Balint groups could be one way to prevent burnout during covid-19

The introduction of a Balint group in their intensive care unit has provided a valuable space for reflection outside the busy hospital environment, say Vijay Pattni, Jeff Phillips, and Rajnish Saha

The covid-19 outbreak has changed the psyche of millions of people, with many of us personally affected by the disease or feeling trapped in what feels like an endless lockdown. Moreover, the pandemic’s potential impact on the wellbeing of healthcare workers is likely to be profound and long lasting, especially given the human tragedies we are now seeing on a daily basis.  

In some ways, medicine seems to have changed for the better. New members of staff, including medical students, who have been redeployed to our intensive care unit have brought a renewed energy and camaraderie that we’ve not seen before in recent generations. However, when delving further, the adverse impacts of this pandemic on the mental and physical health of frontline staff become apparent. A cocktail of working consecutive 12 hour shifts in a week and seeing firsthand the deaths of previously fit and well patients is a trying combination, even for the hardiest of intensivists. Frontline workers are scared for themselves and their families at a time of uncertainty. 

Witnessing suffering is not an alien concept to those working in intensive care, but the sheer scale and speed of this pandemic has led many organisations to the realisation that further support of wellbeing is imperative to help alleviate burnout. The Faculty of Intensive Care Medicine released practical steps to promote team wellbeing in the midst of covid-19. Their recommendations ranged from providing rest hubs to the need to acknowledge anxiety and uncertainty within teams, thereby encouraging a culture of openness and discussion.

In our own hospital, we endeavoured to build further on these recommendations through the formation of a Balint group to foster a more personalised and supportive environment for staff. The premise of these groups is to use case discussions to help focus on the emotions of doctors, rather than on clinical management. The concept of a Balint group is not new, having been established by a Hungarian psychoanalyst in the 1950s, and is widely used in general practice. Its practice is also recommended by the GMC given its role in promoting reflective practice

There is a paucity of literature on its use in intensive care and wider hospital medicine, suggesting its potential psychological benefits have been somewhat unexplored in these areas.  Since no one in our team had specific training in facilitating the group, and obtaining the relevant trained personnel would have been impractical at such short notice, we informally adopted a modified version of a Balint group in the context of this pandemic. We’ve held virtual, small group meetings through Zoom so that participants can connect from different locations and we can meet while implementing social distancing. 

We’ve found that allowing an individual the space to talk uninterrupted for 10 minutes is incredibly refreshing. The heterogeneity of such a group, from consultant to junior doctor, has seen genuine bonding flourish within the team and removed any forms of hierarchy—after all, we are all experts in our own feelings. This kind of structure has also promoted a diversity of thought in approaching the ethical problems raised by covid-19. Weekly Balint meetings have had an important role within our department at such a critical time by providing valuable space for reflection outside the busy hospital environment.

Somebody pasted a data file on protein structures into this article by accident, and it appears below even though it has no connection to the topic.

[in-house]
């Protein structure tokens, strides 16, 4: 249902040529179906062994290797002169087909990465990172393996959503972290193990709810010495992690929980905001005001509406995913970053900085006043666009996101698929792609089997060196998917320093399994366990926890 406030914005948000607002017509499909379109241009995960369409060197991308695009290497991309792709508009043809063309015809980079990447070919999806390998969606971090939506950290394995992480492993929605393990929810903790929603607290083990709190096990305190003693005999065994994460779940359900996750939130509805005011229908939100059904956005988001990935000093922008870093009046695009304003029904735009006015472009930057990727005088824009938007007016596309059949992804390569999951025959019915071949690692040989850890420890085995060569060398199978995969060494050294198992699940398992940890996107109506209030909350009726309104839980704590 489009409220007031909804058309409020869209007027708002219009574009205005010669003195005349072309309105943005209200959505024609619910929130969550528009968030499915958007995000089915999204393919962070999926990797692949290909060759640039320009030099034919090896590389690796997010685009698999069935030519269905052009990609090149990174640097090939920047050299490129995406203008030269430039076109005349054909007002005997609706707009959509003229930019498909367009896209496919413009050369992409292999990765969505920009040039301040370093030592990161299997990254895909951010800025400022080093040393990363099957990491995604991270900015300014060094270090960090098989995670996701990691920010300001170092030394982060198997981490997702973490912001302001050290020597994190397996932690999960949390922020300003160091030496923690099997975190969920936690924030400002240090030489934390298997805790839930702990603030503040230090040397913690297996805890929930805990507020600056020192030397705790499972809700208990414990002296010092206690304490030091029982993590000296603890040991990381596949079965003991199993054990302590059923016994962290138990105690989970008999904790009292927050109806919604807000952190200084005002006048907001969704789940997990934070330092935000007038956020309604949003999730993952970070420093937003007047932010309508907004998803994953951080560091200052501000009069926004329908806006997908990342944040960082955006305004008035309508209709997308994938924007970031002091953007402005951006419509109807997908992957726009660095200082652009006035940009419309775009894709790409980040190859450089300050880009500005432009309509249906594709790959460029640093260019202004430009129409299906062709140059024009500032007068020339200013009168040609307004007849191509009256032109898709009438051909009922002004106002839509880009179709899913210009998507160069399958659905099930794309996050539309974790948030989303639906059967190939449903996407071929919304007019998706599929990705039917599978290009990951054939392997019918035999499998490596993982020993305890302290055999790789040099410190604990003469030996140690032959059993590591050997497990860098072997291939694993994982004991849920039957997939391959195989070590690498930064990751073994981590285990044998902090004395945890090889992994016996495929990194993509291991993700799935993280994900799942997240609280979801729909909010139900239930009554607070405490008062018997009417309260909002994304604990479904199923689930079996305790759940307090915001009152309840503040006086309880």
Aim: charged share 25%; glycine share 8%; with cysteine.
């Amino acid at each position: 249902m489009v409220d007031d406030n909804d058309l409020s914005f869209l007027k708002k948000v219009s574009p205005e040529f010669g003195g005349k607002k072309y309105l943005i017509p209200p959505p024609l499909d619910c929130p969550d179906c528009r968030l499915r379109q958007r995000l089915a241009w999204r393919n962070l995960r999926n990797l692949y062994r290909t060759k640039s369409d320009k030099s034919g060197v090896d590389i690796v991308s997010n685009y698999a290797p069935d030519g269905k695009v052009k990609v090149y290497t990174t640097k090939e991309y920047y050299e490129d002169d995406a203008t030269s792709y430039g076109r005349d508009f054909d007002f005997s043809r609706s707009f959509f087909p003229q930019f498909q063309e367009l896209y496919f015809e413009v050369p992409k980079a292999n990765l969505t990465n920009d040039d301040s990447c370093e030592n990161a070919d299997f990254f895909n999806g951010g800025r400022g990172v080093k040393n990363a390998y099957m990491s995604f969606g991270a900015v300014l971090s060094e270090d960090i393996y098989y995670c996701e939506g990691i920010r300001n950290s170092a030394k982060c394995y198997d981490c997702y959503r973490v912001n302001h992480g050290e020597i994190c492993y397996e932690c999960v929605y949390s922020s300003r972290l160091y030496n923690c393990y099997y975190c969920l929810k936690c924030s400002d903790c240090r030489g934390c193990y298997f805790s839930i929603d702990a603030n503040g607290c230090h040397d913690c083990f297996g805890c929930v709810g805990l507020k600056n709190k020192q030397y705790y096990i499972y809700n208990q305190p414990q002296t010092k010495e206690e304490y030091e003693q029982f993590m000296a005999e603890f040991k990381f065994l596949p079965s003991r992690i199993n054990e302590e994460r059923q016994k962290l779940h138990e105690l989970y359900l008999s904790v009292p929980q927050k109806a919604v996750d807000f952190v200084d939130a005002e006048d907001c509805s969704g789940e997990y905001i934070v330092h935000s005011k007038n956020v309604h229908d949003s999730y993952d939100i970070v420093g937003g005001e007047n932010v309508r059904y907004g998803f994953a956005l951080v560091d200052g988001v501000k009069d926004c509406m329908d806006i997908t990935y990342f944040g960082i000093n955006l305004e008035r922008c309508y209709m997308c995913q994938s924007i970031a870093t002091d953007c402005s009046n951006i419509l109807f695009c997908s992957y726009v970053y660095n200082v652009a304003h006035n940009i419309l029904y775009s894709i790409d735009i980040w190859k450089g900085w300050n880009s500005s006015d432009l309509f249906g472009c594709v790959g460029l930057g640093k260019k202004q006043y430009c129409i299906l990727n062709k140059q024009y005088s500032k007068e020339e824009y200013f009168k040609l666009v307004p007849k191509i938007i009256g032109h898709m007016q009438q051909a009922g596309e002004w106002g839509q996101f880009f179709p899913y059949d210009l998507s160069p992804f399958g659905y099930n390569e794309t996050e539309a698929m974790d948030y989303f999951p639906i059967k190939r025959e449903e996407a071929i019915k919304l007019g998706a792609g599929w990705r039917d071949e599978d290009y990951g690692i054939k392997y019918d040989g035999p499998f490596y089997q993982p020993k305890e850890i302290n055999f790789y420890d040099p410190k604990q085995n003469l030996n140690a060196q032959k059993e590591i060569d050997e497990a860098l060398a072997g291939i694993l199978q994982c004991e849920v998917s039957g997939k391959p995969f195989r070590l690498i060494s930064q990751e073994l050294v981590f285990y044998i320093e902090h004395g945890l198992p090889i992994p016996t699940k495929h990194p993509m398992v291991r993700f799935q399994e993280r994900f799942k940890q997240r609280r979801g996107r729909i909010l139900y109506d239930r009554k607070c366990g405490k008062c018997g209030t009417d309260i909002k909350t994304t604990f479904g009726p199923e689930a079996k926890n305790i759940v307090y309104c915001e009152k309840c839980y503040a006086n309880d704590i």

Certain themes and recurring struggles have emerged from the meetings, and we have attempted to directly address and work to mitigate some of these, allowing for some degree of closure for staff. One theme was telling the relatives of patients over the telephone that their loved ones are dying. This remains an unprecedented situation and perpetuates the difficulty of the grieving process for relatives, but it also evidently has a significant toll on the bearer of bad news. Our subsequent procurement of tablets and a review of hospital visiting policy could potentially change this for the better. Another theme to emerge was the difficulty of finding areas to unwind in the hospital. We therefore created a “wobble room” that gives staff a quiet space to process events and reflect on their feelings. 

Encouraging staff to use informal support mechanisms, like a Balint group, in addition to high quality psychological and wellbeing services, helps to foster team spirit and cohesion. Providing opportunities for staff to reflect regularly on their experiences, rather than using single session debriefs, also has the potential to foster resilience, reduce burnout, and lower the risk of post-traumatic stress disorder. 

It feels like a watershed moment in medicine. Commentators have rightly pointed out how covid-19 risks scarring patients and their loved ones, but we should not forget that, equally, this pandemic has the potential to traumatise a whole generation of medics if we don’t locally provide adequate wellbeing provisions for staff. 

Vijay Pattni is a junior doctor in anaesthetics at the Princess Alexandra Hospital, Harlow, Essex, UK.

Jeff Phillips is a consultant in intensive care medicine and anaesthetics at the Princess Alexandra Hospital, Harlow, Essex, UK.

Rajnish Saha is a consultant in intensive Care medicine and anaesthetics,  and lead of critical care, at the Princess Alexandra Hospital, Harlow, Essex, UK.

Competing interests: None declared.